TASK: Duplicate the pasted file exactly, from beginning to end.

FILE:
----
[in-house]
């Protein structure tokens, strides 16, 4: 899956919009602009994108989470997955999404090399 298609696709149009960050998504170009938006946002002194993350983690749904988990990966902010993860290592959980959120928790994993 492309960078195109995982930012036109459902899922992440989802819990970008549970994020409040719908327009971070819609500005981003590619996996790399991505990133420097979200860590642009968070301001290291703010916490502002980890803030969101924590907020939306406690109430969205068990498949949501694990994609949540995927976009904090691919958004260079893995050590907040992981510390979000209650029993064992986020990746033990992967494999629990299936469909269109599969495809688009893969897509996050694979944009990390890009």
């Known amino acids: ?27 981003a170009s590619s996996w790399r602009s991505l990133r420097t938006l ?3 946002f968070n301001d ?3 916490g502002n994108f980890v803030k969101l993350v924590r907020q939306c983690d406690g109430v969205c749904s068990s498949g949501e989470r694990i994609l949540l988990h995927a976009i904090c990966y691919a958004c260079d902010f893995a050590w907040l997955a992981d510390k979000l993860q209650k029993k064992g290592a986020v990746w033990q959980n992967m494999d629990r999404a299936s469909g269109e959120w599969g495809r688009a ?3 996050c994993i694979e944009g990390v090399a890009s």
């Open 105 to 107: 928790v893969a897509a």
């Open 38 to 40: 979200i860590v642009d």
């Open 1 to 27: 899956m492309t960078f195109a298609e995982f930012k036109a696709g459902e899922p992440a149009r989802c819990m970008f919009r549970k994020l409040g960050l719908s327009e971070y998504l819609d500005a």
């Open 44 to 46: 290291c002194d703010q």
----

[in-house]
């Protein structure tokens, strides 16, 4: 899956919009602009994108989470997955999404090399 298609696709149009960050998504170009938006946002002194993350983690749904988990990966902010993860290592959980959120928790994993 492309960078195109995982930012036109459902899922992440989802819990970008549970994020409040719908327009971070819609500005981003590619996996790399991505990133420097979200860590642009968070301001290291703010916490502002980890803030969101924590907020939306406690109430969205068990498949949501694990994609949540995927976009904090691919958004260079893995050590907040992981510390979000209650029993064992986020990746033990992967494999629990299936469909269109599969495809688009893969897509996050694979944009990390890009």
């Known amino acids: ?27 981003a170009s590619s996996w790399r602009s991505l990133r420097t938006l ?3 946002f968070n301001d ?3 916490g502002n994108f980890v803030k969101l993350v924590r907020q939306c983690d406690g109430v969205c749904s068990s498949g949501e989470r694990i994609l949540l988990h995927a976009i904090c990966y691919a958004c260079d902010f893995a050590w907040l997955a992981d510390k979000l993860q209650k029993k064992g290592a986020v990746w033990q959980n992967m494999d629990r999404a299936s469909g269109e959120w599969g495809r688009a ?3 996050c994993i694979e944009g990390v090399a890009s």
């Open 105 to 107: 928790v893969a897509a």
């Open 38 to 40: 979200i860590v642009d």
């Open 1 to 27: 899956m492309t960078f195109a298609e995982f930012k036109a696709g459902e899922p992440a149009r989802c819990m970008f919009r549970k994020l409040g960050l719908s327009e971070y998504l819609d500005a």
């Open 44 to 46: 290291c002194d703010q």